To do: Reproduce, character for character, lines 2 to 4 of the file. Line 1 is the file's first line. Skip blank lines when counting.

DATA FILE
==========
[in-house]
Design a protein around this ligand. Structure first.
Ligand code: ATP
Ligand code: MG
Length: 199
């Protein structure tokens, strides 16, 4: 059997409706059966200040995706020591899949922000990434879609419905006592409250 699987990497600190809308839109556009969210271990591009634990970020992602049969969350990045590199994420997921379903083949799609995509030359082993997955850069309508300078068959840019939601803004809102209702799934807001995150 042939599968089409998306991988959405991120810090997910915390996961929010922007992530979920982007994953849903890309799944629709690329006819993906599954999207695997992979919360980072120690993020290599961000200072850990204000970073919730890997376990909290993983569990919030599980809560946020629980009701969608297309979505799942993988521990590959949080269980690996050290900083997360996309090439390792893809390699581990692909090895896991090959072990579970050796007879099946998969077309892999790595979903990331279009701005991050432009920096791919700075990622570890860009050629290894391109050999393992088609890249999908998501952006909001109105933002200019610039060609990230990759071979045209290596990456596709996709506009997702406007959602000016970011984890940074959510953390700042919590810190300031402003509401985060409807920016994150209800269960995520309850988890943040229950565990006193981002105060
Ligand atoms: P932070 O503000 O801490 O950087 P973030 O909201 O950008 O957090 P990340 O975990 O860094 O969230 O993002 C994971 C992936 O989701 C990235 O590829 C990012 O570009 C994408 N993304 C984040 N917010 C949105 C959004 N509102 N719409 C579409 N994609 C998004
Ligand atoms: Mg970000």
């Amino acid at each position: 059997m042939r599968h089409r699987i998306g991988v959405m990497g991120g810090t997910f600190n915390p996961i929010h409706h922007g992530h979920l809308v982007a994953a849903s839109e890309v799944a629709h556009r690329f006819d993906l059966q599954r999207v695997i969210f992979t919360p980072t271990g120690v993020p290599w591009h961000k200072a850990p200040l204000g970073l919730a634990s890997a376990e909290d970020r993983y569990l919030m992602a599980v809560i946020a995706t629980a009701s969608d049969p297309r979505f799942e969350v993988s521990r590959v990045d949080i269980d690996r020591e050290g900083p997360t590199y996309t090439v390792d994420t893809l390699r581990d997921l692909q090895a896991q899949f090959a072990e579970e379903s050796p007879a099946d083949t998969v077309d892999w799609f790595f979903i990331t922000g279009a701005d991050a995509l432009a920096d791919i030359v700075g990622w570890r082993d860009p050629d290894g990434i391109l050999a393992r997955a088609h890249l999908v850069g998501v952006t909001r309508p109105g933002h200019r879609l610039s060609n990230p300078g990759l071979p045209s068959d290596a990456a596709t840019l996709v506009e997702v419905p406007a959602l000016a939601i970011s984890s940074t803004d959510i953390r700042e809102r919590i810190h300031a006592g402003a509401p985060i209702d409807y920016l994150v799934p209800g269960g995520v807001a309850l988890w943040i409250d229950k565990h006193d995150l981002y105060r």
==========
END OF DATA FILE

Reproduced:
Design a protein around this ligand. Structure first.
Ligand code: ATP
Ligand code: MG